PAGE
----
Venomous Snakebites: Treatment Considerations and the Emergency Department Nurse Practitioners'/Providers' Priorities of Care

Lisa Bagnall, Donna Taliaferro

Research output: Contribution to journalArticlepeer-review

Abstract

In the United States, 7,000-8,000 people are bitten by a venomous snake each year, out of which approximately 5 die. Although common practice is to treat any and all victims of envenomation with repeated doses of antivenom, this approach is not without its risks. The gold standard for treating venomous snakebites with severe symptoms is antivenom. Although a standardized approach to treating envenomation is needed, it cannot be developed without first delineating current practices. This article discusses the ways in which advanced practice emergency nurses should manage bites from a variety of venomous snakes. It is divided into 4 main sections: (1) the types of venomous snakes found in the United States, their habitat, and the effects of their venom; (2) priorities of care in treating venomous snakebites; (3) preparation and administration of antivenom; and (4) other considerations for the advanced practice emergency department nurse.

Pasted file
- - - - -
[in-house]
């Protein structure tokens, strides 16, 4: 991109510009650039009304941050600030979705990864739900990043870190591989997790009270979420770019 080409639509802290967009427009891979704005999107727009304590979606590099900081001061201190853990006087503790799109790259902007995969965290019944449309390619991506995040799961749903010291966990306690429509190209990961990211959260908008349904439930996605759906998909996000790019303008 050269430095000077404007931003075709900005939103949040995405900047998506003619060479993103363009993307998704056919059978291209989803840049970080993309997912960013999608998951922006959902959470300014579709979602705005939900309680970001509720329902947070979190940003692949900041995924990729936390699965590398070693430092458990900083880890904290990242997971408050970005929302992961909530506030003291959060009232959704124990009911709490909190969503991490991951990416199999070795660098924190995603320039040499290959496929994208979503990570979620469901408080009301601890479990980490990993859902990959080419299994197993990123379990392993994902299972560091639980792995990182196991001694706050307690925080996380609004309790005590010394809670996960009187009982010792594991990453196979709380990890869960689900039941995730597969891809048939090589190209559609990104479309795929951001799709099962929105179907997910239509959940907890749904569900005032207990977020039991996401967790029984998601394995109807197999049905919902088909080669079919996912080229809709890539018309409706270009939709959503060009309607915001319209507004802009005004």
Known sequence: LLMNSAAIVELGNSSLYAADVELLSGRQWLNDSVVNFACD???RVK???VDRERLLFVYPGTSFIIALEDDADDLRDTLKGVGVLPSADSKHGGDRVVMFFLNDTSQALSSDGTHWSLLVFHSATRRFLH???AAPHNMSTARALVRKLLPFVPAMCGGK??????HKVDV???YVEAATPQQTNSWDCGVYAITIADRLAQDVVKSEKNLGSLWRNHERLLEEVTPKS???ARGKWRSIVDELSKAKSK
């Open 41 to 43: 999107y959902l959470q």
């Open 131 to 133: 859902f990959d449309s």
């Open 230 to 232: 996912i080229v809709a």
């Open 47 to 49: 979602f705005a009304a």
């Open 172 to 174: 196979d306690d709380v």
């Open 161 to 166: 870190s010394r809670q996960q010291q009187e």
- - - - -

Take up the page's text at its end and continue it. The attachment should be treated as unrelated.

Original languageEnglish (US)
Pages (from-to)309-323
Number of pages15
JournalAdvanced Emergency Nursing Journal
Volume43
Issue number4
DOIs
StatePublished - Oct 1 2021

ASJC Scopus subject areas

  • Emergency Medicine
  • Emergency

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